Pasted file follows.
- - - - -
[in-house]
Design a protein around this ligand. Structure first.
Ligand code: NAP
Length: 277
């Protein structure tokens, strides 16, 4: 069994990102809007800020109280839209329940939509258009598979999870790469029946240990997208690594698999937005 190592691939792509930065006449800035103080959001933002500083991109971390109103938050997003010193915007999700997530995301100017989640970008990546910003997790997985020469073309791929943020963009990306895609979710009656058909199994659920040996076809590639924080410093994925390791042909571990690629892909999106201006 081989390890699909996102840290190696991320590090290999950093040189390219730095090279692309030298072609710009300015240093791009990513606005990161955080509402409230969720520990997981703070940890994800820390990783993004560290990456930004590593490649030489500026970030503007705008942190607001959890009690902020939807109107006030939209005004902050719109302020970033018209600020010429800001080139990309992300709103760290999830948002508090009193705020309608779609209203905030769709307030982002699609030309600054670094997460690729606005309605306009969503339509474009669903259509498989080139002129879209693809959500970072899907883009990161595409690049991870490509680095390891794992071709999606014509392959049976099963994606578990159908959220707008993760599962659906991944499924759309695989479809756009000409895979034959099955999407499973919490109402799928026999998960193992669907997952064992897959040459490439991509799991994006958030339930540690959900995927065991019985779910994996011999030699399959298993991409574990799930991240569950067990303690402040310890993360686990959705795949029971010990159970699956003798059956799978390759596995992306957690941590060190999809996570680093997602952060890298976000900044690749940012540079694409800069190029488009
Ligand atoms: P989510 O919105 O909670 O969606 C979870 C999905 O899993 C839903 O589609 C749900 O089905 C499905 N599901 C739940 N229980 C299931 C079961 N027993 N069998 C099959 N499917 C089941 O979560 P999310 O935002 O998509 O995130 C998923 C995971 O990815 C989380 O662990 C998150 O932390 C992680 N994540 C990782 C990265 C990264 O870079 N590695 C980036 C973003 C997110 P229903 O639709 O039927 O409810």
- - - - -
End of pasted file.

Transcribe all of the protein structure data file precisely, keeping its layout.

[in-house]
Design a protein around this ligand. Structure first.
Ligand code: NAP
Length: 277
């Protein structure tokens, strides 16, 4: 069994990102809007800020109280839209329940939509258009598979999870790469029946240990997208690594698999937005 190592691939792509930065006449800035103080959001933002500083991109971390109103938050997003010193915007999700997530995301100017989640970008990546910003997790997985020469073309791929943020963009990306895609979710009656058909199994659920040996076809590639924080410093994925390791042909571990690629892909999106201006 081989390890699909996102840290190696991320590090290999950093040189390219730095090279692309030298072609710009300015240093791009990513606005990161955080509402409230969720520990997981703070940890994800820390990783993004560290990456930004590593490649030489500026970030503007705008942190607001959890009690902020939807109107006030939209005004902050719109302020970033018209600020010429800001080139990309992300709103760290999830948002508090009193705020309608779609209203905030769709307030982002699609030309600054670094997460690729606005309605306009969503339509474009669903259509498989080139002129879209693809959500970072899907883009990161595409690049991870490509680095390891794992071709999606014509392959049976099963994606578990159908959220707008993760599962659906991944499924759309695989479809756009000409895979034959099955999407499973919490109402799928026999998960193992669907997952064992897959040459490439991509799991994006958030339930540690959900995927065991019985779910994996011999030699399959298993991409574990799930991240569950067990303690402040310890993360686990959705795949029971010990159970699956003798059956799978390759596995992306957690941590060190999809996570680093997602952060890298976000900044690749940012540079694409800069190029488009
Ligand atoms: P989510 O919105 O909670 O969606 C979870 C999905 O899993 C839903 O589609 C749900 O089905 C499905 N599901 C739940 N229980 C299931 C079961 N027993 N069998 C099959 N499917 C089941 O979560 P999310 O935002 O998509 O995130 C998923 C995971 O990815 C989380 O662990 C998150 O932390 C992680 N994540 C990782 C990265 C990264 O870079 N590695 C980036 C973003 C997110 P229903 O639709 O039927 O409810």